Traditional life tenants have little or no control over what happens to the property after they die. The “enhanced” part comes in with the reservation of powers to the grantor/owner on an otherwise standard warranty, grant, or quitclaim deed. When executed, grantors transfer the property to one or more grantees/beneficiaries but convey a life estate back to themselves, and reserve the power to sell the property outright, change or revoke the future transfer, or otherwise use the real estate as they wish, with no restrictions other than the requirement to formally record the changes during their natural lives.
This reservation of powers enables landowners to retain full title rights, preserving their homestead status (if claimed) as well as any deductions, protections, and tax exemptions associated with the real estate during their lifetimes. The remainder, if any, goes to the named grantees/beneficiaries after the owner’s death, thereby avoiding the probate process. Ladybird deeds are most common in Michigan, Florida, California, and Rhode Island. Even though they have been used and accepted for years, enhanced life estate deeds are not generally statutory (Rhode Island is one exception. See R.I.G.L. 34-4-2.1).
Some states decided to take the concept of an enhanced life estate a step further and include laws for real property transfers on death (TOD) in their statutes. For example, Arizona (A.R.S. section 33-405) and Colorado (C.R.S. 15.15.401, et seq.) offer statutory beneficiary deeds. Ohio codified its transfer on death designation affidavit at ORC 5302.22 et seq. While Ladybird and beneficiary deeds, as well as other state-specific instruments, are still in use, a newer, but related, approach is gaining popularity — a transfer on death deed under the Uniform Real Property Transfer on Death Act (URPTODA).
Unlike wills, trusts, or survivorship tenancies, which tend to follow the same rules across the US, TOD instruments vary according to each state’s interpretation and application of the law. Completed in 2009, the URPTODA describes the Uniform Law Commission’s process to unify and standardize the use of these non-probate transfers. In addition to the associated definitions and rules, the Act contains model forms for both a deed and a revocation instrument. So far, Alaska, Hawaii, Washington, Oregon, Nevada, North Dakota, South Dakota, Nebraska, New Mexico, Illinois, West Virginia, Virginia, the District of Columbia, and most recently, Texas have chosen to enact the URPTODA, modified as needed to incorporate existing state laws and customs.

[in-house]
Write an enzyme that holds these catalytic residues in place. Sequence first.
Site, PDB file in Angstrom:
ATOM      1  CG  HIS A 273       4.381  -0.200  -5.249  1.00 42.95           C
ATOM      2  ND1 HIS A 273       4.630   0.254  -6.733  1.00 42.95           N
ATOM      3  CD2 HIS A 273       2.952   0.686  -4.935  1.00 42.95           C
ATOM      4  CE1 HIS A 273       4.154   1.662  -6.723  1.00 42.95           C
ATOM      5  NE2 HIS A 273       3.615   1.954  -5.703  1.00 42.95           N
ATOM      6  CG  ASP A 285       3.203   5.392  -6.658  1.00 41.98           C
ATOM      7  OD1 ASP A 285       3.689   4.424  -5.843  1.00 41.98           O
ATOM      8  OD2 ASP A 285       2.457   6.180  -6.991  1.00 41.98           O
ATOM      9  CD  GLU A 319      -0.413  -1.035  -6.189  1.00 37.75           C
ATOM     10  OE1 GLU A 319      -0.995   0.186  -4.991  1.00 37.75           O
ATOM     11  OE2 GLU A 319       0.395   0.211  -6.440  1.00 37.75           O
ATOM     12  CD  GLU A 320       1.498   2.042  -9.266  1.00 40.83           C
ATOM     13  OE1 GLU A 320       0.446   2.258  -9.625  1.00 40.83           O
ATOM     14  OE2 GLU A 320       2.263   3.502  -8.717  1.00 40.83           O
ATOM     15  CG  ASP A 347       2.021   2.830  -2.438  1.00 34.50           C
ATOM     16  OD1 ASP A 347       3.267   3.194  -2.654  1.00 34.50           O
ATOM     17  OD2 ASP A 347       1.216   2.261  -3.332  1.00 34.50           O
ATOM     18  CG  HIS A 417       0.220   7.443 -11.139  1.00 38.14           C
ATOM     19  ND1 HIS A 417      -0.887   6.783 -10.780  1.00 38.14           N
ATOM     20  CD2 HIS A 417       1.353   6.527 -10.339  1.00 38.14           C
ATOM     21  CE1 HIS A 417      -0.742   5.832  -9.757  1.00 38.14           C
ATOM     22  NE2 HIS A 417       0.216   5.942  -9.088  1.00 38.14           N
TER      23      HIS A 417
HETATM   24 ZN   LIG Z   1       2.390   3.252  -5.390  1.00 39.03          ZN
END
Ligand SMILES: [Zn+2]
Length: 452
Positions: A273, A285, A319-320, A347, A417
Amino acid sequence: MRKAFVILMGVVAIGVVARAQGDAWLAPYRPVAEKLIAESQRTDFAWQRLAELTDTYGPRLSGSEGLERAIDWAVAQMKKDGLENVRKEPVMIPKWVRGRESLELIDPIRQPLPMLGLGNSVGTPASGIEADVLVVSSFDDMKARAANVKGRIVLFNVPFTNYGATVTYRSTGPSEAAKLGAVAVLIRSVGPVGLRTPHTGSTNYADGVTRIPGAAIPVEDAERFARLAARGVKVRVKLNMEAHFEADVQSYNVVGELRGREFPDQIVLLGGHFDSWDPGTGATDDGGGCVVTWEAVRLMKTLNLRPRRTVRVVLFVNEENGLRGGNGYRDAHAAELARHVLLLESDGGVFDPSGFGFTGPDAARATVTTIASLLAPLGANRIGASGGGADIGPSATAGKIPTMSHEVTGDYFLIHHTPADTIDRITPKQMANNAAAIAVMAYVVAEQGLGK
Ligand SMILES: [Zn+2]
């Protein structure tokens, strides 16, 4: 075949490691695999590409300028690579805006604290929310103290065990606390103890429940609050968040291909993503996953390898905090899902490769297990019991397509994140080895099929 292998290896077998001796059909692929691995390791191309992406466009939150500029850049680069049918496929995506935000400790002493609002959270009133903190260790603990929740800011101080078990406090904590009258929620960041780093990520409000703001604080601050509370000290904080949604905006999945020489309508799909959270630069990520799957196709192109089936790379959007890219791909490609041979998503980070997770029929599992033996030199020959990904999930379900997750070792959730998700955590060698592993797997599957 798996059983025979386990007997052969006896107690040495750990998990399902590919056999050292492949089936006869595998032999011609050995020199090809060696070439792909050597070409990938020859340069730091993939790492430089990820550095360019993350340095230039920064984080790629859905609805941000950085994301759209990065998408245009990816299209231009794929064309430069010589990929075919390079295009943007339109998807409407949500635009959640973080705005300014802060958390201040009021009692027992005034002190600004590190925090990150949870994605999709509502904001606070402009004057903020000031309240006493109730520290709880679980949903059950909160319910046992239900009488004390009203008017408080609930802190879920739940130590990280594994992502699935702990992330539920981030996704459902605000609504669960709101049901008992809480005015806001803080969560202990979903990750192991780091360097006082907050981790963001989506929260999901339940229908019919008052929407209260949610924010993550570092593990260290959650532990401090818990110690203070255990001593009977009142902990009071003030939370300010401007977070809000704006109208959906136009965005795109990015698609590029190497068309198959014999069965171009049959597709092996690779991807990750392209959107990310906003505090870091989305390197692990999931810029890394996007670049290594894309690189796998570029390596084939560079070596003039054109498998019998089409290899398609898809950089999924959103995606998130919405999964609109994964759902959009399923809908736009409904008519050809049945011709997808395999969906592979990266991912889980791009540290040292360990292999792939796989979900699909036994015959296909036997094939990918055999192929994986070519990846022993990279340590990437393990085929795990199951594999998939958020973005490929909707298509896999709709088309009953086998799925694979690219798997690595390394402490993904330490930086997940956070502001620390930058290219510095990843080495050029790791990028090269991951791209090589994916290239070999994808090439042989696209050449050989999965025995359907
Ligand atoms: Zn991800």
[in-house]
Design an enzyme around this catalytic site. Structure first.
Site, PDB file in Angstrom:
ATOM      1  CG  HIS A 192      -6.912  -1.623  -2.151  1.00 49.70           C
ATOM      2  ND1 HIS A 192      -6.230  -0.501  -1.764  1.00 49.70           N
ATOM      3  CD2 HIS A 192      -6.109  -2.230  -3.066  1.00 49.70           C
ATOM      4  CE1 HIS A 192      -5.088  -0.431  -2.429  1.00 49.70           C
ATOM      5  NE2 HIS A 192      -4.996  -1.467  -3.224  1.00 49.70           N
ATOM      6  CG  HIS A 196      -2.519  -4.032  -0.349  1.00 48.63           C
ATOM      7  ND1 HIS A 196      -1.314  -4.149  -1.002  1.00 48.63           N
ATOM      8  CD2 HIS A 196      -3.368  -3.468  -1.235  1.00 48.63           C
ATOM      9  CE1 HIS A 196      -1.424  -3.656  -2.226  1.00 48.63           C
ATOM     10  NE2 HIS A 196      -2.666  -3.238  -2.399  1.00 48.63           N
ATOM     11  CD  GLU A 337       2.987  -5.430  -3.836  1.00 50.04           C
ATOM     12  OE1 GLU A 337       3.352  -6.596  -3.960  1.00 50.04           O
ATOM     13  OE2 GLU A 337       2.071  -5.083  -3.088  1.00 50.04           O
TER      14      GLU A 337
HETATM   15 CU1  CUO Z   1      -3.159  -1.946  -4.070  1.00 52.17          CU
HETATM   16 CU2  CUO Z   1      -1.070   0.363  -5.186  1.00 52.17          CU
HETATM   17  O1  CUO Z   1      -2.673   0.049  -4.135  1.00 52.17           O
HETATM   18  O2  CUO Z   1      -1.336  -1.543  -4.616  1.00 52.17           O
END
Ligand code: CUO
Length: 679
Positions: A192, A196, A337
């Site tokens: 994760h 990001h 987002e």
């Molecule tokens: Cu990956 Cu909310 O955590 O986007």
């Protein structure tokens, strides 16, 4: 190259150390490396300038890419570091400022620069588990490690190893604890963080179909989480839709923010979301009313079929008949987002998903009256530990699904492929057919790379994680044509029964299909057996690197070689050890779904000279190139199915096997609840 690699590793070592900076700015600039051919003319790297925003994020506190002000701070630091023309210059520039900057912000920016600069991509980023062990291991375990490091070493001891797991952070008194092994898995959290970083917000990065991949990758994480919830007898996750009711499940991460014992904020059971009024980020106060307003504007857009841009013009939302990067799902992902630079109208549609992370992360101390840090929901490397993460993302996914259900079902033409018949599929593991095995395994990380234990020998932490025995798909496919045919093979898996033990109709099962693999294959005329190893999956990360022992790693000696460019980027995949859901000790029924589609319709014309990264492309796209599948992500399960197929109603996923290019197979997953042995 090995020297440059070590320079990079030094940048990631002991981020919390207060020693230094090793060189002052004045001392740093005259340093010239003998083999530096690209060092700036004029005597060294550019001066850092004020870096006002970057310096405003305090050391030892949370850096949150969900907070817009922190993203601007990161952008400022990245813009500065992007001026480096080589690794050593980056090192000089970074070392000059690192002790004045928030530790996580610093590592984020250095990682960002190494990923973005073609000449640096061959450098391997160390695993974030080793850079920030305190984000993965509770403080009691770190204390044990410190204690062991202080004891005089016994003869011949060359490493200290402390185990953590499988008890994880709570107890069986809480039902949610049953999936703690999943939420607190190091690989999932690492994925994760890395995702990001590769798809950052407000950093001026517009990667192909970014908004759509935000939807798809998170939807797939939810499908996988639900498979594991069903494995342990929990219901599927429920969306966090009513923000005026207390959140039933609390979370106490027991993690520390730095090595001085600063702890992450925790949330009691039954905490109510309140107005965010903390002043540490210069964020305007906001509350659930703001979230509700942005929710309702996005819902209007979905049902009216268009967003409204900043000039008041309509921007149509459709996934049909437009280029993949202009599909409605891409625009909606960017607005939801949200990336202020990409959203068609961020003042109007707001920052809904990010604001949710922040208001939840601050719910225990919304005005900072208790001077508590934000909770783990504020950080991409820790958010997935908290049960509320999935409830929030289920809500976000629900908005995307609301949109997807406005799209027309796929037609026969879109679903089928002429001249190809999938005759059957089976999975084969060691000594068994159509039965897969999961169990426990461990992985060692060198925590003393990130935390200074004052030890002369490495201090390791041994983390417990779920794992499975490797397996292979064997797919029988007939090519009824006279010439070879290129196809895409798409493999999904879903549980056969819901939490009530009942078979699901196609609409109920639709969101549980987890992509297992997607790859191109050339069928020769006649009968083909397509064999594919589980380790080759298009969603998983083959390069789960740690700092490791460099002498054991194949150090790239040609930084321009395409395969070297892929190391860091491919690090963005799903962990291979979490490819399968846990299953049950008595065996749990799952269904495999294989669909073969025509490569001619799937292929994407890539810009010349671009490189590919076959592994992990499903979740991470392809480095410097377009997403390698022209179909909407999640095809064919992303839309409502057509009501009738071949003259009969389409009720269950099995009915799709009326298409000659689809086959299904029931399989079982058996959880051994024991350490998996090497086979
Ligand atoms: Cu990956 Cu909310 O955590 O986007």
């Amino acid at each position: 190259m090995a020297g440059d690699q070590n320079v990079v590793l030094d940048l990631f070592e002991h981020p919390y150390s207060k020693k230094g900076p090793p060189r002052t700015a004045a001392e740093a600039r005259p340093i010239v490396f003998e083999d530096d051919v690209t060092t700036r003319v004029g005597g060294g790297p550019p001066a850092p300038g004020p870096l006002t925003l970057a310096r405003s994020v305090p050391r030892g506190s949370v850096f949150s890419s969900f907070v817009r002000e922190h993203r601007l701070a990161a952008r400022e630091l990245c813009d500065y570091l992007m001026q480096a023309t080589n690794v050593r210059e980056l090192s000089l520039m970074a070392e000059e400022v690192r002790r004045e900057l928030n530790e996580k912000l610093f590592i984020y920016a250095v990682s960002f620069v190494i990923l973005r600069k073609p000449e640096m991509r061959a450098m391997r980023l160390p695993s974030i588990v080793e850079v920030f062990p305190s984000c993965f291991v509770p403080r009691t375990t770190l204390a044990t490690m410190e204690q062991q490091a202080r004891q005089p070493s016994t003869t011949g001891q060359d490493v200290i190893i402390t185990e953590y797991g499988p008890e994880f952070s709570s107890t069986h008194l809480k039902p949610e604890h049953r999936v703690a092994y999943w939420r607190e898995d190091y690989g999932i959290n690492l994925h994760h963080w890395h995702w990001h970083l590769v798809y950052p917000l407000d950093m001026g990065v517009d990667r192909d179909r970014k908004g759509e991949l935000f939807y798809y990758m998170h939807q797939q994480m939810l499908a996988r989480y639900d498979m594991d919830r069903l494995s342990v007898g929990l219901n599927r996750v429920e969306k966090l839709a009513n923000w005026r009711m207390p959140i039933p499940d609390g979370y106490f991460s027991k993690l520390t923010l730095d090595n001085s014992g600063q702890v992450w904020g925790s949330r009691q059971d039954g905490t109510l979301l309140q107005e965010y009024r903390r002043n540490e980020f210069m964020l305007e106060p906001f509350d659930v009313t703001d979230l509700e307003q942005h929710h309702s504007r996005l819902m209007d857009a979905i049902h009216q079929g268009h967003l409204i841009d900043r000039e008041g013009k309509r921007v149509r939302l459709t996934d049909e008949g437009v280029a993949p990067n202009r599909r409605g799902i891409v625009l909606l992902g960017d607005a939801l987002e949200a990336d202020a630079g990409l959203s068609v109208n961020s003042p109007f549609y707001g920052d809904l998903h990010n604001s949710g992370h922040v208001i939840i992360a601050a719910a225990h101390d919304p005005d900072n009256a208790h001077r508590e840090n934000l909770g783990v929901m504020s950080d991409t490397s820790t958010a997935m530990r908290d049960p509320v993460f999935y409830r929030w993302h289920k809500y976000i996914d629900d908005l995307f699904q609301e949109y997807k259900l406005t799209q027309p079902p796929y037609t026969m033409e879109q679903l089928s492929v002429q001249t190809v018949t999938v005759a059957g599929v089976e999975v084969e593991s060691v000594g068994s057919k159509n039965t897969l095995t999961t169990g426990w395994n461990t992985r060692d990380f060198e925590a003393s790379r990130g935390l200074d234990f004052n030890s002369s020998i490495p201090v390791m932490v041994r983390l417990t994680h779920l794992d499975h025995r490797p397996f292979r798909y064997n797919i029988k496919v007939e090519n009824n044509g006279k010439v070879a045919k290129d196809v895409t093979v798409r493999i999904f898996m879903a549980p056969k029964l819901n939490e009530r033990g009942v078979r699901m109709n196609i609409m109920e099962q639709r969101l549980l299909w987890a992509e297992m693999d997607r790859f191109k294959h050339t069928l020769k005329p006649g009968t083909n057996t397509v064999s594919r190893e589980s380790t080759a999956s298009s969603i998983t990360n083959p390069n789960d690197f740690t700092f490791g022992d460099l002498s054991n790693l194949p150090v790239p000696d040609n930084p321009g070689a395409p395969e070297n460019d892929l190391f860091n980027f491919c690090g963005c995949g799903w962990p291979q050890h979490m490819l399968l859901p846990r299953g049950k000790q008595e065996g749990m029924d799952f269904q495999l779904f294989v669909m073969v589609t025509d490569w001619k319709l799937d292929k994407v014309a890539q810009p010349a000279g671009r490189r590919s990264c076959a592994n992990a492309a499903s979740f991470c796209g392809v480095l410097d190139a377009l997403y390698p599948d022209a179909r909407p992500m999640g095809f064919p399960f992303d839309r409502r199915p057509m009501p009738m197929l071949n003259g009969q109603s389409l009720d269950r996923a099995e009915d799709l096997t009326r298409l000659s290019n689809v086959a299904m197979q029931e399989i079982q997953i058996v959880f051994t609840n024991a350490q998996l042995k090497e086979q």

Variations exist among the different transfer on death instruments, but they include specific common features:
- All initial and subsequent documents related to the transfer on death must be executed and recorded, in the county where the property is situated, during the owner’s natural life or they have no effect.
- Executing transfer on death instruments requires the same competency as a will does.
- Transfers on death only convey the owner’s interest in the property, if any, present at the time of death.
- Owners retain full title and absolute control over the real estate, its use, and its distribution until death.
- Beneficiaries have no rights to or interest in the property during the owner’s lifetime.
- The form must state that the transfer is revocable.
- The power to revoke is at the heart of transfer on death instruments. Because of this feature, there is no obligation for the owner to provide notice to or collect consideration from the beneficiary (consideration implies a transfer of ownership that is not present here). Even so, many grantors inform beneficiaries about the potential transfer in order to save confusion later.
- The property is taken with all restrictions, easements, and debts in place, including mortgages.
- TOD instruments must meet state and local content and format requirements for real estate deeds.
There are three primary ways to revoke a recorded transfer on death instrument:
- Execute and record an instrument of revocation